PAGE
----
In preparing for battle I have always found that plans are useless, but planning is indispensable.
Dwight D. Eisenhower
Chelsea Wilhelm, a Leadership for Educational Equity (LEE) Fellow with the Education Policy Program at the New America Foundation, an American non-profit, nonpartisan public policy think tank located in Washington D.C., recently took a close look at individual state planning programs--or the lack thereof--for education technology.
Using an Education Week report from 1989 that stated that “technology planning is clearly a weak area of endeavor” as a baseline, she analyzed state plans for what she considered likely key components in any edtech development plan, student learning objectives, professional development goals for teachers and adequacy of staff support. What she discovered must give us pause: As I have found, that lack of thoughtful planning in the 1980s still exists in the present day. While the problems schools and educators face have evolved, the planning done by each state has not.
Ms. Wilhem’s report comes with a map of these United States that shows that a clear majority of states have no updated plans currently available. Check out the color scheme on the map below! In fact only 19 states have plans that extend beyond 2012. That’s two years ago, folks! Some states like Virginia, Ohio and Maryland come in for praise. Others, including Iowa, Montana and Missouri admit they have no intention to plan past 2012.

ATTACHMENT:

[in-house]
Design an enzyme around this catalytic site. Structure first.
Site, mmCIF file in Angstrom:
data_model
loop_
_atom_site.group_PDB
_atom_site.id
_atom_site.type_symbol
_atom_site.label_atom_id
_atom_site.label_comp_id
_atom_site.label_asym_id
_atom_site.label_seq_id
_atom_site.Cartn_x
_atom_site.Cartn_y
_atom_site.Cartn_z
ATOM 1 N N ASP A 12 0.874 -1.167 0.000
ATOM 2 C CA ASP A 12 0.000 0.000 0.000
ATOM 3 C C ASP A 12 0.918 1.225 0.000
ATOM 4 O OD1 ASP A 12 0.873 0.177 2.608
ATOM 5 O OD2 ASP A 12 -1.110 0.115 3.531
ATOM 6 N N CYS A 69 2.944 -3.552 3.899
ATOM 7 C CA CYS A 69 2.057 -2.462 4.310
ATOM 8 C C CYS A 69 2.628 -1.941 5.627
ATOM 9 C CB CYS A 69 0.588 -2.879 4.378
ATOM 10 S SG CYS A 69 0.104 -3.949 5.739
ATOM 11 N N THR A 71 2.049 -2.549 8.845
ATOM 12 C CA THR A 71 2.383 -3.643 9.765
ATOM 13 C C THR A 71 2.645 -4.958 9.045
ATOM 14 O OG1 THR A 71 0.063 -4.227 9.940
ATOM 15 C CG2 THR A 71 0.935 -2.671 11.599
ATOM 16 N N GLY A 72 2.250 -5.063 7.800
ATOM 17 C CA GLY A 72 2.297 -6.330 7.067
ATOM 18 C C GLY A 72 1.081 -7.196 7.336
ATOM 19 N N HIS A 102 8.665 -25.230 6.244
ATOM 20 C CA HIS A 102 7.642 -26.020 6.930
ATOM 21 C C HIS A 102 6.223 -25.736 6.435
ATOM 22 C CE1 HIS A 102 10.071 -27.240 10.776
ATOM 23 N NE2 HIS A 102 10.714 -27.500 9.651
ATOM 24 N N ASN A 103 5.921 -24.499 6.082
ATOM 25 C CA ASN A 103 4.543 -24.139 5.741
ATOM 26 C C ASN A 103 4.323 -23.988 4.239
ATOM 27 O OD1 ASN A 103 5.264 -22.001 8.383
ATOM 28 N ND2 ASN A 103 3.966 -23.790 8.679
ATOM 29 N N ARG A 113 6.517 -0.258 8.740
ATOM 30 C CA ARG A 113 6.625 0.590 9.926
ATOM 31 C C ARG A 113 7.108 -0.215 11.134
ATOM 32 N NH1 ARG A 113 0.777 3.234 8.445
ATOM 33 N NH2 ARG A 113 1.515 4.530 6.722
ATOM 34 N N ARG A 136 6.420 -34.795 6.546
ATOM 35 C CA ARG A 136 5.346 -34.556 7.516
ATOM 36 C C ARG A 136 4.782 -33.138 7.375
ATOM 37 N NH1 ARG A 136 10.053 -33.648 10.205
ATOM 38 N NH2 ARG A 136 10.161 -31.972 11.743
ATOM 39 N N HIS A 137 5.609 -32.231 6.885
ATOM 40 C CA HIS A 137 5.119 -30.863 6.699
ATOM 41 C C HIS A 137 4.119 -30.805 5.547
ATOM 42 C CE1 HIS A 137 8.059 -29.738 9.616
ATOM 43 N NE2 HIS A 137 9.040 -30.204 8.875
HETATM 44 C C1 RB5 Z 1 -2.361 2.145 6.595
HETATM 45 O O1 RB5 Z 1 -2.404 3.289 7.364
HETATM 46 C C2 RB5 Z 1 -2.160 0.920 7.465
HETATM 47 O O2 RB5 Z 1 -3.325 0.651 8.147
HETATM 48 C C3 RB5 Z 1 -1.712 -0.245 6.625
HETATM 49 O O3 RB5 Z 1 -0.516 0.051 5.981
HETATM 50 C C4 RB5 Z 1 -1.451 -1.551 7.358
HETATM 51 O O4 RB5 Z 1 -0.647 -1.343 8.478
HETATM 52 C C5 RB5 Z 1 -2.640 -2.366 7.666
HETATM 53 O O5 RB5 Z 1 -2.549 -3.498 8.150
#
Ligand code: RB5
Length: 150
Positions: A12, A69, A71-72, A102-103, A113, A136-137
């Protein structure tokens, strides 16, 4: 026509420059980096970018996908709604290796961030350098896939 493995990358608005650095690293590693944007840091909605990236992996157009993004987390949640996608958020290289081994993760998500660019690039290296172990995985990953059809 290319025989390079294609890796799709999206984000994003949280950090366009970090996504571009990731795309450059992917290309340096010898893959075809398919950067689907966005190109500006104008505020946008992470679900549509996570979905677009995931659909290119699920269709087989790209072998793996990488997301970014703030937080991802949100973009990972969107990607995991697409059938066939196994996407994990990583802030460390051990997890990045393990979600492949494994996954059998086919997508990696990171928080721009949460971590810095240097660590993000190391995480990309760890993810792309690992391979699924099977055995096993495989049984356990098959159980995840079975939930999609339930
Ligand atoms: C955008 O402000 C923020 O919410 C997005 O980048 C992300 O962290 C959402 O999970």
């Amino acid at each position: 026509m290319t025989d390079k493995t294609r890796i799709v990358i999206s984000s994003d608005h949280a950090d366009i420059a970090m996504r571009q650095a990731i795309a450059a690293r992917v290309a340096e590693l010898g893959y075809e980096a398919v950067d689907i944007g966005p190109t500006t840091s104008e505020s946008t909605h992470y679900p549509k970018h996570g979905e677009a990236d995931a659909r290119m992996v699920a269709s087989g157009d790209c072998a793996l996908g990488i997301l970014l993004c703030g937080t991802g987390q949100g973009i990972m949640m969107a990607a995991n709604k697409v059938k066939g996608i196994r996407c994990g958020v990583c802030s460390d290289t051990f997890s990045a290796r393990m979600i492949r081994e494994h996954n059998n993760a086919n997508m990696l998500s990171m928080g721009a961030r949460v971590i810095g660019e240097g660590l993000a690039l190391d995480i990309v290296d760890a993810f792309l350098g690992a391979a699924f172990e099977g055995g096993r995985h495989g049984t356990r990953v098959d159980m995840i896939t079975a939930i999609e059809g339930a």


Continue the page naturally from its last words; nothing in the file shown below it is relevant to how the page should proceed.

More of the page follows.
Why is this happening? Ms. Wilhem gives us two reasons she thinks most states seem uninterested in planning ahead. Reason number one is the decision in 2011 by the US Department of Education to eliminate the Enhancing Education through Technology (EETT) program, the largest federal incentive for state-level planning. Reason number two is pretty much the same as reason number one, except the funding authority is the Federal Communications Commission. The FCC is still funding with its E-Rate program, but not requiring proof of planning.
Keep in mind this doesn’t mean these laggard states are necessarily forgetting about funding for educational technology while they ignore planning for it. I believe it would be safe to say that all of them intend to keep their schools competitive in the new edtech paradigm. What is does mean, however, is that they are no longer approaching financing edtech in a systematic way. I mean, it’s hard to imagine that the entire West Coast, awash as it is in technology firms, won’t continue to update their classrooms. What will probably happen, however, sans prior planning, is a lot of wasted money on poorly thought-out programs.